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Garry Maddox
Center fielder
Born: September 1, 1949 (1949-09-01) (age 60)
Cincinnati, Ohio
Batted: Right Threw: Right 
MLB debut
April 25, 1972 for the San Francisco Giants
Last MLB appearance
April 20, 1986 for the Philadelphia Phillies
Career statistics
Batting average     .285
Home runs     117
Runs batted in     754
Teams
Career highlights and awards

Garry Lee Maddox (born September 1, 1949 in Cincinnati, Ohio) is a former center fielder in Major League Baseball who was known for his outstanding defense.

Maddox was drafted by the San Francisco Giants in the second round of the 1968 amateur draft, missed two seasons due to military service in the Vietnam War (see below), and reached the major leagues with the Giants in 1972. On May 4, 1975, the Giants traded him to the Philadelphia Phillies for first baseman Willie Montañez. That season, Maddox won his first Gold Glove Award as the top center fielder in the National League. Montanez was traded away the next year, so this trade disproportionately helped the Phillies.

Maddox's 1975 Gold Glove was his first of eight in a row. His sparkling play led Phillies broadcaster Harry Kalas to remark, "Two-thirds of the Earth is covered by water, the other one-third is covered by Garry Maddox."[1] (This quote has also been attributed to Ralph Kiner, the Hall-of-Fame slugger-turned-broadcaster for the New York Mets.[2]) Kalas nicknamed Maddox the "Secretary of Defense."

In 1976, Maddox had his best year as a hitter, with a .330 batting average, and helped the Phillies win the National League Eastern Division, their first finish in first place in 26 years. But the team lost three straight National League Championship Series, including in 1978, when an uncharacteristic error by Maddox on Dusty Baker's fly ball allowed the winning run to score in the clinching game for the Los Angeles Dodgers. He would redeem himself in 1980, when his tenth-inning double scored the pennant-winning run, and then caught the final out, for the Phillies in Game 5 of the NLCS, defeating the Houston Astros for the team's first World Series appearance in 30 years. The Phillies beat the Kansas City Royals for their first World Championship.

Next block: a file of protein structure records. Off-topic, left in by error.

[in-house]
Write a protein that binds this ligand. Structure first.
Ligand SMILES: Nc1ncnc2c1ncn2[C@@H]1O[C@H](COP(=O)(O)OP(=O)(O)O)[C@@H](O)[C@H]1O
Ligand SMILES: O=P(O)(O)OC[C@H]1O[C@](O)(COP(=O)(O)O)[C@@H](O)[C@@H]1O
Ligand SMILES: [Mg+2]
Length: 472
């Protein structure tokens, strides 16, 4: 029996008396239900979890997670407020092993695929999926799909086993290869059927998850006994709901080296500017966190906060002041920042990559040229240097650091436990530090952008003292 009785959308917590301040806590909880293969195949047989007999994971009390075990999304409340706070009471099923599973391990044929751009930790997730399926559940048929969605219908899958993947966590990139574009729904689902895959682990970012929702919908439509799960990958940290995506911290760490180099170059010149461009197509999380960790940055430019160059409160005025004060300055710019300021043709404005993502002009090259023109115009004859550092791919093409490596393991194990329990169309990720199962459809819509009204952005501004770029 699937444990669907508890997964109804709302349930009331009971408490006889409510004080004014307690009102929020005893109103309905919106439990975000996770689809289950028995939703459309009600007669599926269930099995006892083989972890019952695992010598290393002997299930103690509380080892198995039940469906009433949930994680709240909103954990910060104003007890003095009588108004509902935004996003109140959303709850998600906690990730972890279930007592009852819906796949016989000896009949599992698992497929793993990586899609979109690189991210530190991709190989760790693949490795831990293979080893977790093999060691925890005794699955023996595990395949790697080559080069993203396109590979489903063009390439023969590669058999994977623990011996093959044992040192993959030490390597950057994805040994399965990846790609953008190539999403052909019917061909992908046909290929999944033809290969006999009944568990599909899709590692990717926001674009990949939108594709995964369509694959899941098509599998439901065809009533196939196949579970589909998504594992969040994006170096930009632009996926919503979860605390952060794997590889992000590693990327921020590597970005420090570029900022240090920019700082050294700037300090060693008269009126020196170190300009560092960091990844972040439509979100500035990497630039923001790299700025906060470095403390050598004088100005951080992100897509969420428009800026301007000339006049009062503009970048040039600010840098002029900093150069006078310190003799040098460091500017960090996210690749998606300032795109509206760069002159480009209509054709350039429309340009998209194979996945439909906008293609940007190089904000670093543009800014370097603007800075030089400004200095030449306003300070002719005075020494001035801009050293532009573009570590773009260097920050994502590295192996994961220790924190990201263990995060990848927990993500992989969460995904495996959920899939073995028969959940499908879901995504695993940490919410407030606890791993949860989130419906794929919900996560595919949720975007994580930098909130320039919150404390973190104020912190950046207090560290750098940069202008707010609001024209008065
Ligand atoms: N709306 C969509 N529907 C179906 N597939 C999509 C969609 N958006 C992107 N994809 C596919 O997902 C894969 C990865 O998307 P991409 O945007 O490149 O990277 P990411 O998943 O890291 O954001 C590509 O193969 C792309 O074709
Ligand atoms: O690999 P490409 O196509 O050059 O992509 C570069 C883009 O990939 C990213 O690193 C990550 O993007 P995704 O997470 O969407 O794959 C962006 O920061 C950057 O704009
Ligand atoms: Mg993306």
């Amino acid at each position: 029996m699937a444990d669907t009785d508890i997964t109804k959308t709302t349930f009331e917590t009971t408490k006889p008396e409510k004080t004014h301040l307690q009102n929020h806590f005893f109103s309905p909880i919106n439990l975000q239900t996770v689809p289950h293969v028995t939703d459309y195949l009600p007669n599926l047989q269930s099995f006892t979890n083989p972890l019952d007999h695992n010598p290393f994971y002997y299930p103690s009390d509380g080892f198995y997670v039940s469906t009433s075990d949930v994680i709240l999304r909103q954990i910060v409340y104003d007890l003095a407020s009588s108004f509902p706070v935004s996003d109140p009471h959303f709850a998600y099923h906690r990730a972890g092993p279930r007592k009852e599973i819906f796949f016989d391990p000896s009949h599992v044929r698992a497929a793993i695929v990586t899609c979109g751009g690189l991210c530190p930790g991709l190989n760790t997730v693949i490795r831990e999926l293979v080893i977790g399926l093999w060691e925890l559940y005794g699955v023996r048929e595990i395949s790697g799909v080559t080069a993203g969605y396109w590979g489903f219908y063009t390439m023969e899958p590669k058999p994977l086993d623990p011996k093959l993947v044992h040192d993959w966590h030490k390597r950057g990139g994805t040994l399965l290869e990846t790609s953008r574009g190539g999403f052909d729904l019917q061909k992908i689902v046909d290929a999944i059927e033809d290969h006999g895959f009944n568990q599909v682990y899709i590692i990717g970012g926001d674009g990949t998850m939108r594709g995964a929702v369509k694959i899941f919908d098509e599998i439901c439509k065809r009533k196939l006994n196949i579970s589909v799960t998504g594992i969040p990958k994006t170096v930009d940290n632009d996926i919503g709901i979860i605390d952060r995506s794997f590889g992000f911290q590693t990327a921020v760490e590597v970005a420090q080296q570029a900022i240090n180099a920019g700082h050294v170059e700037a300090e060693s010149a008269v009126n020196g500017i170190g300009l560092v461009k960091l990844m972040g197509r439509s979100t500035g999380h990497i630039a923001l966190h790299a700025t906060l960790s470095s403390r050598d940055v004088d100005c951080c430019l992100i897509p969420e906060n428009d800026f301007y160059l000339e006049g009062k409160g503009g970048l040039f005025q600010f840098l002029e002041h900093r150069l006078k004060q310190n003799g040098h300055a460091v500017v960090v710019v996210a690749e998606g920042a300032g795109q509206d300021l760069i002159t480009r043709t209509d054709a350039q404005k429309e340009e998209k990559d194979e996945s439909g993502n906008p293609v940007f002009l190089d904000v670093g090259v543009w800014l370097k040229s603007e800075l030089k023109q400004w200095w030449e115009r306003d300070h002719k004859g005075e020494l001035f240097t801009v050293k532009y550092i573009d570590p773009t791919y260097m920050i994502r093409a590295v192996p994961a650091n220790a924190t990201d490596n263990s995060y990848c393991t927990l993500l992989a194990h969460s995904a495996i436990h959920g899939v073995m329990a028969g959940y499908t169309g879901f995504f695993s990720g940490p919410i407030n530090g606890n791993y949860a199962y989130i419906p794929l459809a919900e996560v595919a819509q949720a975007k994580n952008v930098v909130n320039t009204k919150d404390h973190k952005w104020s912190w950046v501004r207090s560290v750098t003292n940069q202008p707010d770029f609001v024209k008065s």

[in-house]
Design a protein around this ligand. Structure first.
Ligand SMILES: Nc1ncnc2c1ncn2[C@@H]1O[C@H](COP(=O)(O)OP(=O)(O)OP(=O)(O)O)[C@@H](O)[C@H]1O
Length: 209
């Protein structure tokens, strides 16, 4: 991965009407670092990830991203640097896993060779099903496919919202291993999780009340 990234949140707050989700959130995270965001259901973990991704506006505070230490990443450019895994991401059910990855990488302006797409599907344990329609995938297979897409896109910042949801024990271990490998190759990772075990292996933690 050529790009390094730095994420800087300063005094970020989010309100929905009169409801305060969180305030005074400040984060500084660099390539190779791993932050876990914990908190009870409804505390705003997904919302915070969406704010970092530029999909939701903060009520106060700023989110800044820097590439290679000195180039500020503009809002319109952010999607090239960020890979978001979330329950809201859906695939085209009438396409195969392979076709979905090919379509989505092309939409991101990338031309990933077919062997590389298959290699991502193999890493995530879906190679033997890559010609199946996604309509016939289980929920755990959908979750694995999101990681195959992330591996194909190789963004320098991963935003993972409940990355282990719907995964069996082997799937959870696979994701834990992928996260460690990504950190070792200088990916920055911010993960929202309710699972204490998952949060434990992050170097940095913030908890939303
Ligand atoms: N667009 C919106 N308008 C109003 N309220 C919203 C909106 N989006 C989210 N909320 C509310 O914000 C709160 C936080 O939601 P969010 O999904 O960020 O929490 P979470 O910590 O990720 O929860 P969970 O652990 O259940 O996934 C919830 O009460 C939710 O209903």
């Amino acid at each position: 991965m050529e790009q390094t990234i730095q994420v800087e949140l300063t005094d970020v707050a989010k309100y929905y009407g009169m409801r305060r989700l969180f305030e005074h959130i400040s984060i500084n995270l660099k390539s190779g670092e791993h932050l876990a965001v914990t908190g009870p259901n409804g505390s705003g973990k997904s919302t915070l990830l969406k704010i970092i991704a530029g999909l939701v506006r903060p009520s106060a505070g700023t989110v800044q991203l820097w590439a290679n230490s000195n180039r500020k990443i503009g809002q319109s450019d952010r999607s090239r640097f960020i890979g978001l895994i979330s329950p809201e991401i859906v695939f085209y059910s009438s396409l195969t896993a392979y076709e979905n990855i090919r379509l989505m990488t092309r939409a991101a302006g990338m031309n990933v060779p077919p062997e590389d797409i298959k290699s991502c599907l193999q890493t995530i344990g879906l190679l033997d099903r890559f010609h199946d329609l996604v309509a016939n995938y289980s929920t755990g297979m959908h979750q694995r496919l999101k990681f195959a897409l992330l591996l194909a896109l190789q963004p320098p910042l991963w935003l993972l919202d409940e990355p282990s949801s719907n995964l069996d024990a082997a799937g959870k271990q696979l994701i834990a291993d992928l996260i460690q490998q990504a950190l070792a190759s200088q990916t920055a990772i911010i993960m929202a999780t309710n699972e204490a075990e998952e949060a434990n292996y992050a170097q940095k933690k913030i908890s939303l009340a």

Maddox continued to win Gold Gloves, steal bases and hit well for the Phillies until 1985, when he fell off badly. He retired early the next season. That year, he was honored with the Roberto Clemente Award, given annually to a player who demonstrates the values the Pittsburgh Pirates Hall-of-Famer (like Maddox, one of the best-fielding outfielders ever) displayed in his commitment to community and understanding the value of helping others.

During his career, Maddox played in six postseasons, winning five full-season Division Titles, two pennants and one World Series, all with the Phillies. His lifetime batting average was .285. Never a slugger, his peak year brought him just 14 home runs, and he hit 117 for his career. But he also hit 337 doubles and 62 triples, a product of the speed that also allowed him to reach fly balls few outfielders could get to, and to steal 20 or more bases in nine straight seasons.

Contents

Retirement

After retiring, he founded World Wide Concessions, and by 1995, Maddox was majority owner and CEO of A. Pomerantz & Company, a Philadelphia-based office furniture company. In 2003, Maddox began a four-year term on the board of Federal Reserve Bank of Philadelphia.

He has also worked as a spring training instructor for the Phillies, and was a broadcaster on Philadelphia's now-defunct cable-sports network PRISM. His son, Garry Maddox, Jr., also played professional baseball, but has not reached the major leagues.

Maddox is a renowned BBQ chef, and for a number of years has hosted the Garry Maddox Barbecue Challenge, a yearly fundraiser held outside of Citizens Bank Park before a home Phillies game. Local restaurants and amateur chefs competing in various categories. All proceeds benefit the Youth Golf & Academics Program (YGAP), an academic enrichment program founded by Maddox to support children in grades K-8 who reside in troubled Philadelphia city neighborhoods.

In 2005, Maddox and other individuals became prominent investors in a Foxwoods slots casino proposed for Philadelphia, Pennsylvania.[3] In September 2008, facing massive opposition at the originally proposed waterfront location, backers for the slots casino decided to try and seek a new location in the Center City area, next to Philadelphia's Chinatown community.[4] As of January, 2009, the casino still does not have a building permit.

Military service

Maddox served in the U.S. Army during the 1969 and 1970 seasons. Exposure to chemicals in Vietnam left his skin highly sensitive, and he has worn a full beard ever since to protect his face.[2]

See also

References

Further reading

External links








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